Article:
This article by Ross Eastgate was published in the Townsville Bulletin on 17 April 2014.
“ACCORDING to the Australian War Memorial’s Professor Peter Edwards, Australia had but “three major wars (in) the 20th Century, each 25 years apart”.
This was something of a revelation to one’s old mate Maurie, who banged his copy of the offending article threateningly on the table as he offered a gratuitous, unflattering, general character reference of military historians, particularly those who stray into opinionated journalism.
One is not immune to such tirades from Maurie, but on this occasion soothing words and a wan defence of historians and journalists in general was not enough to prevent him from replacing his rolled up newspaper with the walking stick which, as a Korean War veteran he is increasingly required to use.
Roughly sanitised and translated his view was, “what bovine excreta!”
Korean veterans suffered on their return from attitudes to what was generally described as either “a police action” or “the forgotten war”.
With 340 casualties, Korea sits just behind other 20th Century conflicts of 589 in South Africa, 61,513 in World War I, 39, 649 in World War II and 521 in Vietnam.
However Korean veterans, many of whom served in World War II and subsequent conflicts including Malaya, Borneo and Vietnam all insist nothing they experienced before or afterwards compared with the privations of a Korean winter.
Nor do they accept the determined foe they faced was somehow an inferior fighter to those in other campaigns.
In world terms, as the first significant engagement by allied forces under the UN banner, Korea is a major 20th Century conflict despite Professor Edwards’ dismissive view.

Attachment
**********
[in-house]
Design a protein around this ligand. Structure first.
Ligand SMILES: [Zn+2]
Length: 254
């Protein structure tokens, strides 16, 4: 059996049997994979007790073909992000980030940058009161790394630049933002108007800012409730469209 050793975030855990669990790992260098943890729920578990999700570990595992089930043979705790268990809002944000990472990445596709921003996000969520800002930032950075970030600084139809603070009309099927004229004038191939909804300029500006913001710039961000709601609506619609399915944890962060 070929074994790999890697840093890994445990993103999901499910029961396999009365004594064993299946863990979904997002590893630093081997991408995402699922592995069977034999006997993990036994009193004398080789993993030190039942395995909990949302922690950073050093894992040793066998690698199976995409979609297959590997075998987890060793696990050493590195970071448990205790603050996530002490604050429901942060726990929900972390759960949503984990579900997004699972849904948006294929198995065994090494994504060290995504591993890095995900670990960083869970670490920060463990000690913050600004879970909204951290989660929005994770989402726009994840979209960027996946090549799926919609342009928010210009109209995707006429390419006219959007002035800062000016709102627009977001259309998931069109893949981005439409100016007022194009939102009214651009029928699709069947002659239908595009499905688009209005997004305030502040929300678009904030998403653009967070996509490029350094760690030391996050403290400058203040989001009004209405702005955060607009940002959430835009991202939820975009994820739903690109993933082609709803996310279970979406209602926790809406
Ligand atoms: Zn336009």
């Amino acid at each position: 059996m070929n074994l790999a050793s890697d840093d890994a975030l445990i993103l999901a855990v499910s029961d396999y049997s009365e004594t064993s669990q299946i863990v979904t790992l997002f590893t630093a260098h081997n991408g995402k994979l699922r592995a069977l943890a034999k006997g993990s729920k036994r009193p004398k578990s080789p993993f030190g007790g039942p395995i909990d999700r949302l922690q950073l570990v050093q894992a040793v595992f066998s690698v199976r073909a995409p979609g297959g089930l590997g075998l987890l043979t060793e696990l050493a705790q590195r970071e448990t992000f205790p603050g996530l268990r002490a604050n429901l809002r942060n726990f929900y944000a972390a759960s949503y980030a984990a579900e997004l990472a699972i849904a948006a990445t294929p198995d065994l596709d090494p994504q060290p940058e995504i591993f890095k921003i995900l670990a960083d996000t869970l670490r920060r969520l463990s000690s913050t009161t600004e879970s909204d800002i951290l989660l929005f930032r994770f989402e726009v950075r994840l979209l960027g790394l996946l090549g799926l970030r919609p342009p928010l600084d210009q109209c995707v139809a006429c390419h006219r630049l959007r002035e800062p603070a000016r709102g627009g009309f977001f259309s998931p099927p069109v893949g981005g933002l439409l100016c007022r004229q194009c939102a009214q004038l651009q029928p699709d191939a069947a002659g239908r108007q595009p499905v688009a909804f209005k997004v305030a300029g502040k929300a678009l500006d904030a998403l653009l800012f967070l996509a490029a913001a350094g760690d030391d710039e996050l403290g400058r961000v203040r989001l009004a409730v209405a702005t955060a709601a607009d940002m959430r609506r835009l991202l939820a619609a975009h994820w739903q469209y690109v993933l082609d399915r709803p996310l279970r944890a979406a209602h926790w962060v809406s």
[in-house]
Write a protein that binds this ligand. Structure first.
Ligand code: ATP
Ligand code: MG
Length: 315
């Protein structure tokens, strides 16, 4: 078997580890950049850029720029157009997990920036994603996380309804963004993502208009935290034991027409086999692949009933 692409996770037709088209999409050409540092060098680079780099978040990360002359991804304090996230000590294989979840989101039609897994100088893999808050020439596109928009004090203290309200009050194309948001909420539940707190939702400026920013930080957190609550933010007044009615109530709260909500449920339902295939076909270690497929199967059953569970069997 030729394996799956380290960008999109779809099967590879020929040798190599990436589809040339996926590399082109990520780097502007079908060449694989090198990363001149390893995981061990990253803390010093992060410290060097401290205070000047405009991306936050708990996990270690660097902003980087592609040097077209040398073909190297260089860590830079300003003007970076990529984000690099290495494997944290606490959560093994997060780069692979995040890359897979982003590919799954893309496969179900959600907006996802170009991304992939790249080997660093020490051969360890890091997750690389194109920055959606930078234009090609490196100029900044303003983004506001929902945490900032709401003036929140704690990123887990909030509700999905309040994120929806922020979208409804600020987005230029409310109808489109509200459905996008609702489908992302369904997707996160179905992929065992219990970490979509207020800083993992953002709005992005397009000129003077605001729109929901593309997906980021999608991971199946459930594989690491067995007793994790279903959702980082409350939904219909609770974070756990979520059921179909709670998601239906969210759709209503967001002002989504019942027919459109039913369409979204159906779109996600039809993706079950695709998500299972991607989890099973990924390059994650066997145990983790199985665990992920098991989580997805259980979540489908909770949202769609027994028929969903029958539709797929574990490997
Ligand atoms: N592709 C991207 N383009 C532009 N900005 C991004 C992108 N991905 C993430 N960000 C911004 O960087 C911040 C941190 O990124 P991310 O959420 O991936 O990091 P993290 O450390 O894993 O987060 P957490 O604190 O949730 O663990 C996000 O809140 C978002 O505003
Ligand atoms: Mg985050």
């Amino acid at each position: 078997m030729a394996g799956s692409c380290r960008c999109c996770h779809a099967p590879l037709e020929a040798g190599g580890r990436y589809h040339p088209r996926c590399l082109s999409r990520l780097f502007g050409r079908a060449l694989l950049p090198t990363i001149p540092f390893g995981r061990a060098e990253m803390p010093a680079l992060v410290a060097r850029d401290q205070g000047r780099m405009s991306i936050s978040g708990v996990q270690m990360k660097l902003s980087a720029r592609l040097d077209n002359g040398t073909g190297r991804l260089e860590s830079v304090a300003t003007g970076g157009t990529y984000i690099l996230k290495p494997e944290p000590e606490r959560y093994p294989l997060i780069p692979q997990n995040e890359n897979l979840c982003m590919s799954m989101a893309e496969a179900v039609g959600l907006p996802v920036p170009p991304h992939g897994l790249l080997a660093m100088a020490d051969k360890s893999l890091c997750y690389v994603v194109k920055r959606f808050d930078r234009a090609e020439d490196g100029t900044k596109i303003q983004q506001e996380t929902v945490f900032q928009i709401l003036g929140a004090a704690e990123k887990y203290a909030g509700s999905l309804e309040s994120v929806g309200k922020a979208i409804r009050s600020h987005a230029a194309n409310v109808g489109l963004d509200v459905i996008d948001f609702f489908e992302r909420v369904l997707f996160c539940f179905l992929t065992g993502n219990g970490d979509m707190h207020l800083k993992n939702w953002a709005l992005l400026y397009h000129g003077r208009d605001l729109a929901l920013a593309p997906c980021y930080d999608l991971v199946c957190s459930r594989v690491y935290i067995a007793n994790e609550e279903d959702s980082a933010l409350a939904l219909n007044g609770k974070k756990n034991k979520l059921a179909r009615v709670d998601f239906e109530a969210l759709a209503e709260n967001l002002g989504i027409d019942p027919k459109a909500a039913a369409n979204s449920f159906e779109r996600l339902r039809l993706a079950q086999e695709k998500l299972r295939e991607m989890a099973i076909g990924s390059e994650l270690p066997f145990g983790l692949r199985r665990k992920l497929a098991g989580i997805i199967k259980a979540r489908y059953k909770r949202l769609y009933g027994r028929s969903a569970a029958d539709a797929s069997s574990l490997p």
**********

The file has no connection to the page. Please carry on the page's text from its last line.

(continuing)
Australians from all three services played a major role in that war.
Korea may have been a shorter campaign through three separate phases than other conflicts, but it was a harsh reality for those who served there, some of whom are only just receiving the official recognition they always believed their service deserved.
Fast forward 40 years and Australians were deployed to Somalia, a relatively brief campaign which somehow falls underneath the radar.
Soon to be retired CDF David Hurley commanded 1RAR in Somalia with then Colonel Bill Mellor as Australian contingent commander.
Despite the mutual, innate modesty which prevents them from embellishing their achievements, Somalia was a significant ADF deployment.
It remains a measure of the leadership of both men and the training and skill of those deployed that just a single life was lost, and that to a regrettable accident.
Professor Edwards opines Australians focus on wars only on major anniversaries.
Perhaps, but as we approach the centenary of one of Edwards’ three “major wars” it behoves us to examine how service in every deployment last century still influences the way the ADF prepares for and conducts itself in contemporary engagements.
Nor should we on the cusp of Anzac Day demean the service of any who have served.
Maurie wouldn’t have a bar of it.”
NOR SHOULD ANY PERSON.